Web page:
The Brexit legal process is clear: Britain needs to invoke Article 50 of the 1997 Lisbon Treaty and repeal, or at least amend, the 1972 European Communities Act. The finer practical details, however, remain opaque.
Essentially, though, what unfolded in the early hours of June 24th, 2016, is not going to be undone. It is now time to understand what happened and why. Listening to the viewpoints of the other side is essential and a prerequisite not only for public diplomacy, but also for all diplomatic processes, including reconciliation. Many experts remain in denial, refusing to understand why Brexit happened. Some conveniently blur, or genuinely confuse, the nature of sovereignty with nationalism, labelling those wishing to assert the legislative primacy of the British Parliament as xenophobes. An objective analysis of the data, however, refutes such claims, and it is essential to make use of such discipline.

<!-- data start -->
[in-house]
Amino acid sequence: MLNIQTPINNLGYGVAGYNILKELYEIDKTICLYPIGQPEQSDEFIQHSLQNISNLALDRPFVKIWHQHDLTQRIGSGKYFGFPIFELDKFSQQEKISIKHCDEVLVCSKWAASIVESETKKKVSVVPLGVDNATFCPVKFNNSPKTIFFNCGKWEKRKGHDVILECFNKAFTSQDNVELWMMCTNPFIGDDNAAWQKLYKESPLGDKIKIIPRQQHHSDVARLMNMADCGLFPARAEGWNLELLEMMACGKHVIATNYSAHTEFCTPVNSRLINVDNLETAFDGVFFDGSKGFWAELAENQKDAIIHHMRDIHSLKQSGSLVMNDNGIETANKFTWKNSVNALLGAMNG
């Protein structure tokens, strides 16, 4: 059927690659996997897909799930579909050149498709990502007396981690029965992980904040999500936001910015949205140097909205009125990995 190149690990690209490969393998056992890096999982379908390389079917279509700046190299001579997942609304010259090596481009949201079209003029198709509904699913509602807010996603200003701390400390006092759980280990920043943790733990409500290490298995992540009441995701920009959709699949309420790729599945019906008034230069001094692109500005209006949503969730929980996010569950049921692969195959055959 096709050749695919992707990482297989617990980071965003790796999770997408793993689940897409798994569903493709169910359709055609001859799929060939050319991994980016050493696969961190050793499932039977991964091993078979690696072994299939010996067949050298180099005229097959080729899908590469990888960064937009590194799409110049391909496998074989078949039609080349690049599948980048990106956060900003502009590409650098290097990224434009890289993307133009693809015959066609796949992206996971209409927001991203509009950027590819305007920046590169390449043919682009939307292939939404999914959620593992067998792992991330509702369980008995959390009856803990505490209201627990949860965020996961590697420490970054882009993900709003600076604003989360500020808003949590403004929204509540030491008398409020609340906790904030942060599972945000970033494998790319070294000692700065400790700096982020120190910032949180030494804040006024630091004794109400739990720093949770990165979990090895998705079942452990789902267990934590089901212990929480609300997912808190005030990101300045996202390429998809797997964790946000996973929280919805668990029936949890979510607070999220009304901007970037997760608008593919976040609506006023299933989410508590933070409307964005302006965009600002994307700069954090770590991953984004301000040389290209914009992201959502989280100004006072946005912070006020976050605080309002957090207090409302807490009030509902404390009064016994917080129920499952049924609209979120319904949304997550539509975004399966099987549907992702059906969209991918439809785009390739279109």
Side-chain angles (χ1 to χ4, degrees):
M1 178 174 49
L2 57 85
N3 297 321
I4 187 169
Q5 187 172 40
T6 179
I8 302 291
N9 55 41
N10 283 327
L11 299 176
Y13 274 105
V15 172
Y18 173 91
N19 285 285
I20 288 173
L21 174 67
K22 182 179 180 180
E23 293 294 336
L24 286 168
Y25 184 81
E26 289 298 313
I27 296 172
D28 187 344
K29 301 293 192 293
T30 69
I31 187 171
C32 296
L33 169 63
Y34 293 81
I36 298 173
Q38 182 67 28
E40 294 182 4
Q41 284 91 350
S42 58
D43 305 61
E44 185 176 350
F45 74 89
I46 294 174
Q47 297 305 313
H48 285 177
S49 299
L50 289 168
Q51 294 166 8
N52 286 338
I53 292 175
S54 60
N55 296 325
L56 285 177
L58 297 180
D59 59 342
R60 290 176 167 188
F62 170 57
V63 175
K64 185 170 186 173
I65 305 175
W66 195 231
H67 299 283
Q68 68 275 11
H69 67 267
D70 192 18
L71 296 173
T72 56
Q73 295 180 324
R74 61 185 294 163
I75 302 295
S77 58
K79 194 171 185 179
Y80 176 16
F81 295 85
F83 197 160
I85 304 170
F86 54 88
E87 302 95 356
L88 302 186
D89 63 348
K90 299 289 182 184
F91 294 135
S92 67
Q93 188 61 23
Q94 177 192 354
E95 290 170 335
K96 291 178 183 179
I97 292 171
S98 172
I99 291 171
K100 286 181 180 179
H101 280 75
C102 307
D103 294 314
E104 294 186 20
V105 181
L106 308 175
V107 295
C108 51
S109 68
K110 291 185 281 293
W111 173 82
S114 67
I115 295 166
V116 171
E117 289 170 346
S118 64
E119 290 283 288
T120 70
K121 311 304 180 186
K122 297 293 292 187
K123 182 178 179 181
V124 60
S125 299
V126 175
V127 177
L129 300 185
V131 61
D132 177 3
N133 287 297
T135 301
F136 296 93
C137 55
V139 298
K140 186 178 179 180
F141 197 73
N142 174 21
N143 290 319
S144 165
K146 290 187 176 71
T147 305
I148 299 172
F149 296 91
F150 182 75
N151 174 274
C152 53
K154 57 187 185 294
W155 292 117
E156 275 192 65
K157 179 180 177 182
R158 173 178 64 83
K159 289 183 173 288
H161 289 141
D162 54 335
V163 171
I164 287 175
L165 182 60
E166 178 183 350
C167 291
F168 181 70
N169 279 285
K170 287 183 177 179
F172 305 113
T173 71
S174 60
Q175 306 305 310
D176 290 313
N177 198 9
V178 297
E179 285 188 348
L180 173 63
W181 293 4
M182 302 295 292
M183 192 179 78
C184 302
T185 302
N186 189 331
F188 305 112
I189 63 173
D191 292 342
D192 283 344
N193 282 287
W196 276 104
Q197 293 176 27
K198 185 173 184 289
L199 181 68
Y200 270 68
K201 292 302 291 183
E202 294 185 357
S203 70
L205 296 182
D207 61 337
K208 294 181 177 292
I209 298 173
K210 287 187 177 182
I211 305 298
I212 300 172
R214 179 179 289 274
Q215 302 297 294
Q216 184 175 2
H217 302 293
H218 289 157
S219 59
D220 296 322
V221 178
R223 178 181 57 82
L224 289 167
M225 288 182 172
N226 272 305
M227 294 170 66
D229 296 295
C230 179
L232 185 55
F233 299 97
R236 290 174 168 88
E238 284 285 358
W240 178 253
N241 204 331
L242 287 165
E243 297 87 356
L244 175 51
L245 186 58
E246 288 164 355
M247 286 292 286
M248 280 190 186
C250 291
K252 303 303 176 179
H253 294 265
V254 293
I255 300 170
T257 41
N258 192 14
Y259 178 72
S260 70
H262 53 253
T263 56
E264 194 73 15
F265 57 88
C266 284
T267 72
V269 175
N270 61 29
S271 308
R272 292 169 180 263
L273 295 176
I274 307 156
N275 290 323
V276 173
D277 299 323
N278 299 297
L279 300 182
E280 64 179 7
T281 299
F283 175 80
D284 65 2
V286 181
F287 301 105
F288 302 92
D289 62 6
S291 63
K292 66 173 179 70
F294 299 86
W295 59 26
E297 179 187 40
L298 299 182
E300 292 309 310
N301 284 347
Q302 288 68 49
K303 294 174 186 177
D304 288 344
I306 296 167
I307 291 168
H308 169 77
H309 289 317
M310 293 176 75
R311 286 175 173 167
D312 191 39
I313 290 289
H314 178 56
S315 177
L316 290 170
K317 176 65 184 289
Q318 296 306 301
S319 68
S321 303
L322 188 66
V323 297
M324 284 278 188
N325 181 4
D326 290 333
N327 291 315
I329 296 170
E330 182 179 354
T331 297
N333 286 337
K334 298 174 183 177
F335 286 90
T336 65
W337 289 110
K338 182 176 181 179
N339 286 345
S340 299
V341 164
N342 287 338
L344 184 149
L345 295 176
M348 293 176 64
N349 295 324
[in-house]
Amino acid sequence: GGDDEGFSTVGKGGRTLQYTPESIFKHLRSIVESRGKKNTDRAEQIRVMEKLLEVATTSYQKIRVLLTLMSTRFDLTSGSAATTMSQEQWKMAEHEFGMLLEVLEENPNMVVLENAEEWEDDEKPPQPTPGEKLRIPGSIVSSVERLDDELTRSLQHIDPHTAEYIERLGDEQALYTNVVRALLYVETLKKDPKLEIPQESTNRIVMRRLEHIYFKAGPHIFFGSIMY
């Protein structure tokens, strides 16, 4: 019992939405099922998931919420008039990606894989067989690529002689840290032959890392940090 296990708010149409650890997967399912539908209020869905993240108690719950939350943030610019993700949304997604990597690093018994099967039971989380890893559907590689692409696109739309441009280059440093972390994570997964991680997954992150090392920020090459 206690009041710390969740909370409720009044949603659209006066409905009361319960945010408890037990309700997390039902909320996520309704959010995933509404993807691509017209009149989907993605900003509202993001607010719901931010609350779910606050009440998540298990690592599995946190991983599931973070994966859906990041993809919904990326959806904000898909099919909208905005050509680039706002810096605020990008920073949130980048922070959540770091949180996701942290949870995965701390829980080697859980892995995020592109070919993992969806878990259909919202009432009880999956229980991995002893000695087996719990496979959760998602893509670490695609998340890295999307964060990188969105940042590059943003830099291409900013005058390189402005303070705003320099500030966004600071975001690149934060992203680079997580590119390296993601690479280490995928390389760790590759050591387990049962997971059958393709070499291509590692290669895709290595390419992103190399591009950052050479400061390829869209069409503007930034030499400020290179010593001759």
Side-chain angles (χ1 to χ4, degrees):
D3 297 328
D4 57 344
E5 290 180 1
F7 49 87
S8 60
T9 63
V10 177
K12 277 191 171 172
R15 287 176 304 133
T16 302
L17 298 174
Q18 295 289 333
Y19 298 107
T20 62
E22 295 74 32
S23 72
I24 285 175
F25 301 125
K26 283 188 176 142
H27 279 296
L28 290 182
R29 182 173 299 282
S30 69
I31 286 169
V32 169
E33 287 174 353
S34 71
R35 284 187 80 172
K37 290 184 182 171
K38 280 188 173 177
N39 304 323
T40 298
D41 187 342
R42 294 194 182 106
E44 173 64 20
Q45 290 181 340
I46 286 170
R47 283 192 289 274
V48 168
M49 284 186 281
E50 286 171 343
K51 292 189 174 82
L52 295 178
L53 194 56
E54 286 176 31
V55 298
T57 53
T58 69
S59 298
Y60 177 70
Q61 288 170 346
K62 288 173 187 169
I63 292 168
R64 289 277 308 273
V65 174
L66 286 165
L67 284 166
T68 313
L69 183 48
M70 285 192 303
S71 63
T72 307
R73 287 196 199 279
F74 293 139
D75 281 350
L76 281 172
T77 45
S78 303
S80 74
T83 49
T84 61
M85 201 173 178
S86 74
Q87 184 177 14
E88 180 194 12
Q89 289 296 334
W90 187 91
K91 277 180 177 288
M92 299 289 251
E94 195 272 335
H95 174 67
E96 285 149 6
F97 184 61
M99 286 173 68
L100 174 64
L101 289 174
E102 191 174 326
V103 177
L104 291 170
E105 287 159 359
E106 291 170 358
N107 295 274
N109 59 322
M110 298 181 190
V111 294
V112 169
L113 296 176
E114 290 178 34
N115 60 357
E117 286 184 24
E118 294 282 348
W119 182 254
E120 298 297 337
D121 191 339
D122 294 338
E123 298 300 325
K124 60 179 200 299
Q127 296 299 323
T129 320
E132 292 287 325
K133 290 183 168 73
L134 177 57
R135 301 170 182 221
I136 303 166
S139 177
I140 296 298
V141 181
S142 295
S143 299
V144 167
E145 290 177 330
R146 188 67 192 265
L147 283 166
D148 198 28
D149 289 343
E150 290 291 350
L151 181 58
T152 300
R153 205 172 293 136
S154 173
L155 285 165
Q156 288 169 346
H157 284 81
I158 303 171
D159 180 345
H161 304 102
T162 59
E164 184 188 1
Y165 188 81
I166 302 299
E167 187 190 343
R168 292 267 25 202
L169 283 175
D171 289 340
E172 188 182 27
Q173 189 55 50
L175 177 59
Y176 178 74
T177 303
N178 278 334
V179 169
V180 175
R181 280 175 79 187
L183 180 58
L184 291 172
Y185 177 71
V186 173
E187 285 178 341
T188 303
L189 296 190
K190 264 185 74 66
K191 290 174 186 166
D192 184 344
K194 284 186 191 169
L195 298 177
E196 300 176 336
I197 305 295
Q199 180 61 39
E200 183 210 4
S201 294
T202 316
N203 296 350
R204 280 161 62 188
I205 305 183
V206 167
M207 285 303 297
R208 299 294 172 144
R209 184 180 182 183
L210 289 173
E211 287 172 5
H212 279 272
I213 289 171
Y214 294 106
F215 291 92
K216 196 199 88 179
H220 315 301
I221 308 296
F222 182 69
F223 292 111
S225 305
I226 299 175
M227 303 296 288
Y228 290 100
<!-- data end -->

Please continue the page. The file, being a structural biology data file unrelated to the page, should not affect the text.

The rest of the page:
The ancient Greek dramatist Aeschylus said, “I would rather be ignorant than knowledgeable of evils.” This sounds noble but often leads to judgmentalism and is rarely successful. Changing this attitude, especially for those of us who work as public diplomacy practitioners and scholars, is essential if we are to correctly understand and analyze such major events.
Photo by David B Young | CC BY-SA 2.0